County-level data collected from Maryland's 2010 Equine Census revealed an industry with assets valued at $5.6 billion and expenditures just under $513 million. There are approximately 81,000 equines in Maryland that are housed in over 16,040 locations around the state. The two largest equine counties are Prince George's and Baltimore at 9,000 and 8,950 head respectively. Equine operations account for a total of 587,000 acres, of which 188,000 acres are devoted to equine and 88,000 acres are enrolled in land preservation programs.
"These data show the significant value and size of the equine industry in Maryland and serve as confirmation of the economic importance of this viable industry to the State," said Governor Martin O'Malley. "We are committed to fostering Maryland's equine industry and doing all we can to protect the thousands of jobs that depend on our rich history of horse racing and recreational riding."
The number of equine animals in Maryland decreased 7% from the 87,100 on hand in 2002. The value of the equine inventory on May 1, 2010, was just over $746 million, up 10% from 2002. The number of equine places throughout Maryland decreased 21% from 2002 and includes boarding facilities, commercial and private breeding places, farms, commercial race related places, and private residence where recreational equine are kept.
"Governor O'Malley has taken a keen interest in Maryland's equine industry and this census validates its vibrant economic and cultural importance," said Jim Steele, chair of the Maryland Horse Industry Board (MHIB) and manager of Shamrock Farm in Woodbine. "The numbers reflect what we expected to see based on the current economic climate. The data show the importance of the industry as a whole from race horses to the pleasure-riding segment."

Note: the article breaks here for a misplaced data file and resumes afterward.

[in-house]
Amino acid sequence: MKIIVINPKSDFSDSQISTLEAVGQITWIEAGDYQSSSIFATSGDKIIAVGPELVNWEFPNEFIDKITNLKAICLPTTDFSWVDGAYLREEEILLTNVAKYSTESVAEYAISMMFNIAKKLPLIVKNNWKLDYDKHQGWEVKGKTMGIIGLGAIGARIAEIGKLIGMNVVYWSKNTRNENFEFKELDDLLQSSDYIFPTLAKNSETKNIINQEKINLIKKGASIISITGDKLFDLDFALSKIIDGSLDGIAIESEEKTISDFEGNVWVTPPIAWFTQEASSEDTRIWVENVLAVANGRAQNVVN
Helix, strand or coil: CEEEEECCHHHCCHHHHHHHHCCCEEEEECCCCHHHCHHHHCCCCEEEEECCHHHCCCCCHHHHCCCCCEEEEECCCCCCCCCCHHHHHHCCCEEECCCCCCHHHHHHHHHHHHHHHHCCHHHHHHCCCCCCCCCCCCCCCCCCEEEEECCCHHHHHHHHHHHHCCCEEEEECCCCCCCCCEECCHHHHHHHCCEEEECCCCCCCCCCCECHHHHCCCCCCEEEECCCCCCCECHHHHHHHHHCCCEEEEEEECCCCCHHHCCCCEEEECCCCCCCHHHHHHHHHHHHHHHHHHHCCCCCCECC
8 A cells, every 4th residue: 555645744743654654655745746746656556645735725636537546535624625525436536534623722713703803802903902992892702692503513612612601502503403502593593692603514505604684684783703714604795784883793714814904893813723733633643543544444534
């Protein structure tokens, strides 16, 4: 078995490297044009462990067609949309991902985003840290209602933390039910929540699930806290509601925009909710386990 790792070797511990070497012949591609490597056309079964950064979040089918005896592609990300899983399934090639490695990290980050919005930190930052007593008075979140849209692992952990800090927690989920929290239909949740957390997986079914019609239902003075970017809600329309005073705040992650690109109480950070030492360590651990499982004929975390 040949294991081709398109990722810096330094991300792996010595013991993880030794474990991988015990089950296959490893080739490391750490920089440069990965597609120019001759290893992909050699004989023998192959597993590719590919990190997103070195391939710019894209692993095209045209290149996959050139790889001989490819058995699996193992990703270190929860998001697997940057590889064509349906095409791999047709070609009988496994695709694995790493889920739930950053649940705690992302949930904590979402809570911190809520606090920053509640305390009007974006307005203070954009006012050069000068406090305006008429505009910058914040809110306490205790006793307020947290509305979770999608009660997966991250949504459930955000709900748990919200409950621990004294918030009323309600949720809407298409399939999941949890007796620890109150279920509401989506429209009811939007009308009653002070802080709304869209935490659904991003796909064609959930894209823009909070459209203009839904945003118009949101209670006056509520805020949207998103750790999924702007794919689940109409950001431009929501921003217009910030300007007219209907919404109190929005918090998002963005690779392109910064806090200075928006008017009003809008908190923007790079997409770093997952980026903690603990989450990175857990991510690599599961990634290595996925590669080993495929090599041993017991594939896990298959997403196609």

The 2010 equine census is the second official count of all breeds (horses, ponies, donkeys, mules, and burros) in Maryland. The first census results were announced in 2002. The MHIB commissioned the USDA National Agricultural Statistics Service field office in Annapolis to conduct both efforts. The most recent census is a more in-depth questionnaire that collected new information including labor and wages and a breakdown of equine-related expenditures by category (such as capital or operating costs).
"The results of the 2010 Maryland Equine Census help illustrate growing trends throughout industry, both at the County- and State-level," said Barbara Rater, state director of USDA's National Agricultural Statistics Service, Maryland Field Office in Annapolis. "It shows the economic scope and importance of the industry in Maryland."
Census forms were mailed in April 2010, to more than 24,000 potential equine owners and stable operators in all segments of the industry from racing to recreational riding. The census asked for information on the sale of horses, land area allocated to equine uses, number of horses owned, expenditures, and value of assets. The results reflect the number of equine animals in Maryland on May 1, 2010, and expenditures and assets during the 2009 calendar year.
Racehorse breeds (Thoroughbreds and Standardbreds) account for 39% of all breeds. Light breeds such as the Arabian and Quarter Horse, most commonly associated with recreational and non-racing competitive activities make up 49% of all breeds. Draft breeds, ponies, mules, donkeys, and burros comprise the balance (12%) of the 81,000 animals.
For a copy of the census data as presented to the MHIB is available online.
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